My Hundred Days of Homeric Hell:
A New “Free” Digitized Text of the Iliad and the Odyssey

James H. Dee (University of Illinois at Chicago, Emeritus)

This paper offers several salient observations drawn from the arduous experience of creating a new, independently keyboarded digital version of the Iliad and the Odyssey, describes the principal features of the resulting text-files, and announces their immediate “free” toîs bouloménois.  They seek to provide an “open” alternative to TLG’s texts, which are subject to significant license restrictions; the user, for example, may not print any text in its entirety for commercial purposes—exactly what I had planned to do as part of a book that displays a graphic representation of the 32 patterns of Homeric hexameter in both linear and sorted order.

As with Odysseus, my journey to “Homeric Hell” was not self-chosen but imposed by external forces: my publisher insisted that the text in the proposed book must differ from existing editions and, more importantly, must not entail any copyright or license fees.  The only sure solution was to carry out a fresh digitizing, which I proceeded to do while comparing five major editions for each poem; my version is thus not a true text-critical edition, not a recensio fontium but rather a comparatio editionum.  For the Iliad, I used Ludwich, OCT, Allen 1931/TLG, van Thiel, and West’s new Teubner, and for the Odyssey, Ludwich, OCT, Bérard’s Budé, Von der Mühll/TLG, and van Thiel.  The “hundred days” mentioned in the title is a (downward) rounding-off of the time it took to collate the texts and keyboard the new files; the paper offers some comments on the nature of the physical requirements involved in transcribing the poems and on the applicability of the “oral dictation” theory put forward by Albert Lord and endorsed by Richard Janko.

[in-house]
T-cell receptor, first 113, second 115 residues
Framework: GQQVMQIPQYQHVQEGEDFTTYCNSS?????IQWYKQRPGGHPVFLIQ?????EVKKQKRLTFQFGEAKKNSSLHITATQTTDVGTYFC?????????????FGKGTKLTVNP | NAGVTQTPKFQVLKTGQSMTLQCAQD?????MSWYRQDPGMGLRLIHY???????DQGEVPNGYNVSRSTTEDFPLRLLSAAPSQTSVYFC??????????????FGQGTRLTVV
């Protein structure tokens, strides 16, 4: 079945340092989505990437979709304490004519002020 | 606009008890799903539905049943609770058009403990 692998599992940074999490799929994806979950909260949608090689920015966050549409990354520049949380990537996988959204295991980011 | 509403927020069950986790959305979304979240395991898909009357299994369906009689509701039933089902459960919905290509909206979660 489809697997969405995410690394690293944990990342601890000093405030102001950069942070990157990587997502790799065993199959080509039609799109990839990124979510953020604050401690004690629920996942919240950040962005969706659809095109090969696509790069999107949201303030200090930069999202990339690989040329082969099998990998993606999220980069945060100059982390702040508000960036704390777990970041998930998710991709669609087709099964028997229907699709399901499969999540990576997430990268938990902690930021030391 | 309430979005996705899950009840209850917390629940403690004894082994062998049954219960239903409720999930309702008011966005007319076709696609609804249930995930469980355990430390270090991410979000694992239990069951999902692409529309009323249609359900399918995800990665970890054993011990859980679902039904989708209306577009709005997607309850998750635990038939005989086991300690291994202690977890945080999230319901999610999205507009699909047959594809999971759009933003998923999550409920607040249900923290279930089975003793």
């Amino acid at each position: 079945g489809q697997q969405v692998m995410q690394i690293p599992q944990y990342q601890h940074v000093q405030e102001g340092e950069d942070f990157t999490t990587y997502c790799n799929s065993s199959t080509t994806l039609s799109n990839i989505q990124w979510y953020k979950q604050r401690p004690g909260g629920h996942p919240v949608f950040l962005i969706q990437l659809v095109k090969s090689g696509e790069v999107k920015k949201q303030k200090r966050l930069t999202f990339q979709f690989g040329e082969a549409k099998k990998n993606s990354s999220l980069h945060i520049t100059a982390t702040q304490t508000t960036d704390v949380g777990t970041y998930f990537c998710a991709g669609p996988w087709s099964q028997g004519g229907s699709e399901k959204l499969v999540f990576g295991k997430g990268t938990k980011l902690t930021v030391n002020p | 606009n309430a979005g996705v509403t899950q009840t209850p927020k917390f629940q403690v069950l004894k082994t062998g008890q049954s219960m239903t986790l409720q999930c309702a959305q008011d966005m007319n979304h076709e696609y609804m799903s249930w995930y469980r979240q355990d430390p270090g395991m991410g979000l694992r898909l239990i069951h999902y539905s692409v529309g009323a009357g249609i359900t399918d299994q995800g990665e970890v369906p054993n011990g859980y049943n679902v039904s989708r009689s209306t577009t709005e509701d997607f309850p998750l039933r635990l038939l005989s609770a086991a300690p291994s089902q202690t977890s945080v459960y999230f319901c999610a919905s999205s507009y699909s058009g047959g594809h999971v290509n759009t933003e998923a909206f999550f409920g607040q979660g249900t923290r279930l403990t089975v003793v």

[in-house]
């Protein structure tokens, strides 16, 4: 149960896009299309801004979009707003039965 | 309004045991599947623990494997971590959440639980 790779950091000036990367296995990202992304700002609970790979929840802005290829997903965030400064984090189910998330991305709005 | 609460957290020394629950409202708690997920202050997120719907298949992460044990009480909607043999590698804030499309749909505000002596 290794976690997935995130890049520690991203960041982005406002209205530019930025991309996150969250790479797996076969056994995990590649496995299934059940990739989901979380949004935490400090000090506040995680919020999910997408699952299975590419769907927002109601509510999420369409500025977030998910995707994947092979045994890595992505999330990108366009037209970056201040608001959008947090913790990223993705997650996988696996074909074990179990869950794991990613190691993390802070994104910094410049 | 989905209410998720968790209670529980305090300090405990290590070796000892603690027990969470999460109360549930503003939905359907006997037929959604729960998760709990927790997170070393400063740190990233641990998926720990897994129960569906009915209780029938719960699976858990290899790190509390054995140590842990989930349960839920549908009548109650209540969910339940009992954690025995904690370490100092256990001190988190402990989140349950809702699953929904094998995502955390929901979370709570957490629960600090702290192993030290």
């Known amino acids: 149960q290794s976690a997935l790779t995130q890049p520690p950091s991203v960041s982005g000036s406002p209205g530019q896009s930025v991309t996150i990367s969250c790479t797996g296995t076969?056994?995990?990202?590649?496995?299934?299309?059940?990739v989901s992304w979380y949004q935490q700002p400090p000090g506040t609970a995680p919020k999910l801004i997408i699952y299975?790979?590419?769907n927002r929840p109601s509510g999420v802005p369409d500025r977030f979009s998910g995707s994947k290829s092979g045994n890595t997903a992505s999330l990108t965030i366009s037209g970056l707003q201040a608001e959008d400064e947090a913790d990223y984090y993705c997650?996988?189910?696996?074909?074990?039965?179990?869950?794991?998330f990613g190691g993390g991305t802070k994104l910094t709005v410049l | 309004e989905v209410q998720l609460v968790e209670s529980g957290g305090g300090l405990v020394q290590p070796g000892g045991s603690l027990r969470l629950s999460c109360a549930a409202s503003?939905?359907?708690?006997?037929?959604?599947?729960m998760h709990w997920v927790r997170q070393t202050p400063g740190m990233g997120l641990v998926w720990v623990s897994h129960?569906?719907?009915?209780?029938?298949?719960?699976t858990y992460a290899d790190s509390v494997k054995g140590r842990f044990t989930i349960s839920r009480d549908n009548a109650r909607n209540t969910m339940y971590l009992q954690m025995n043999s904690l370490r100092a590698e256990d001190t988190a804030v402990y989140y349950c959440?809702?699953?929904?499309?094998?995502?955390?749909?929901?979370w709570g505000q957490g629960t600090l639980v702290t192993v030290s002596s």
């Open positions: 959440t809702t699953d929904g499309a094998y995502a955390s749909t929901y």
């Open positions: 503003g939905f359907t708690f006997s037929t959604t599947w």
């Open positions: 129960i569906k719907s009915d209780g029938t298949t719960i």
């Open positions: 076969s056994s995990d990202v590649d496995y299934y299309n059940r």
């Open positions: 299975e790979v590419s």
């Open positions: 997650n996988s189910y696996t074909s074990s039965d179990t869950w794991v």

The paper then summarizes the basic differences among those editions—but also emphasizes their overall virtual identity, which, at least in my opinion, makes a persuasive case that, in spite of the mostly trivial variants found in the many fontes, each epic originated from what may be called a “point source,” although the temporal and spatial location of that point is not easy to determine.  There are brief references to the very different circumstances of Shakespearean Quartos and First Folio, of some medieval European epics, which exist in incompatible variant versions, and of the Synoptic Gospels, in which a linear series of historical events has come to be represented in separate traditions as strikingly inconsistent narrative sequences.  The observations made in this part of the paper may have some bearing on the idea of a Homeric “multi-text.”

The final section of the paper describes, with handout samples, how this new digital Homer differs from other computerized texts—and why the word “free” must be put in quotation marks.  I am willing to give away copies of the files, but since they were created on an iMac using the Linguist’s Software Graeca font, users (or their institutions) will have to purchase an appropriate version of that program in order to display and print the texts.  The ordeal, although unsought, has been highly instructive for me, and I hope that others will now be able to benefit from it as well.


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